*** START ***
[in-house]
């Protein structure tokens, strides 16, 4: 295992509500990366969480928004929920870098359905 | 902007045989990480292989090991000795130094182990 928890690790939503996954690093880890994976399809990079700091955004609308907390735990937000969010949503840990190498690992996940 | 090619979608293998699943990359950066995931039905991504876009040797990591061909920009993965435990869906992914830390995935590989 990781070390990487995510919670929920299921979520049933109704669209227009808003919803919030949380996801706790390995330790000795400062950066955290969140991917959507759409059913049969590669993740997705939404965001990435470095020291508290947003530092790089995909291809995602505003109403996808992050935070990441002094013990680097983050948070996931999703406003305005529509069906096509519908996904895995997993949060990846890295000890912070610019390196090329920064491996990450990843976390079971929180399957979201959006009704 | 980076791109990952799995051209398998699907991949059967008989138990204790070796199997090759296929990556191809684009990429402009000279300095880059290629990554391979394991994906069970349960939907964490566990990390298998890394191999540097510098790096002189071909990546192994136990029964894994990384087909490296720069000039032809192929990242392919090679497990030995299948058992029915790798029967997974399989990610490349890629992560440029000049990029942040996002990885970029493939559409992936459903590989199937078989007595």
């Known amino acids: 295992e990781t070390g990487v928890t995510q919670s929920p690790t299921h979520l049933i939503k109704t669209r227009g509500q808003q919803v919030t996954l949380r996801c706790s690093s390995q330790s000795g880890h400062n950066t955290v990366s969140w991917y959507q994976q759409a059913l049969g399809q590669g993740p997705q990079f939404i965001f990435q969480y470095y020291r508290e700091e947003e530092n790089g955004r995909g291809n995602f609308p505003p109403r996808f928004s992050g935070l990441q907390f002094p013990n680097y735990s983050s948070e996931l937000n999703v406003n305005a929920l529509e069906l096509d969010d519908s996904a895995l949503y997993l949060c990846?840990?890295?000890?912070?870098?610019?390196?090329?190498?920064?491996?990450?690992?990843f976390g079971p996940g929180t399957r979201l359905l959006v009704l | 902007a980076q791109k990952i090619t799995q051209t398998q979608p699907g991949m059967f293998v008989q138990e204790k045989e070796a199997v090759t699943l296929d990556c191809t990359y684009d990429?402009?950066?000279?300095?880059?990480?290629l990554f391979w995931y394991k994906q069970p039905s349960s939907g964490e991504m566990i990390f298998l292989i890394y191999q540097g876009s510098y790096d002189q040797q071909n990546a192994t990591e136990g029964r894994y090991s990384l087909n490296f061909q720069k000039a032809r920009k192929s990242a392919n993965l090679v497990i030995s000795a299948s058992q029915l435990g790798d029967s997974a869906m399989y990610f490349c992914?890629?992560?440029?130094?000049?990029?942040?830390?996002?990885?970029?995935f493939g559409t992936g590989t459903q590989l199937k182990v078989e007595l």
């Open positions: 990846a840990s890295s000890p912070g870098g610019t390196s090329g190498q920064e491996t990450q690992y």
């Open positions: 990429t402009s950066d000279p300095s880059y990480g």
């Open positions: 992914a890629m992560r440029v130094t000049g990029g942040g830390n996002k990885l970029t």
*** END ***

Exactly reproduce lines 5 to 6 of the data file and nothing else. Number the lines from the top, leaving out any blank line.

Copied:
């Open positions: 990429t402009s950066d000279p300095s880059y990480g």
């Open positions: 992914a890629m992560r440029v130094t000049g990029g942040g830390n996002k990885l970029t």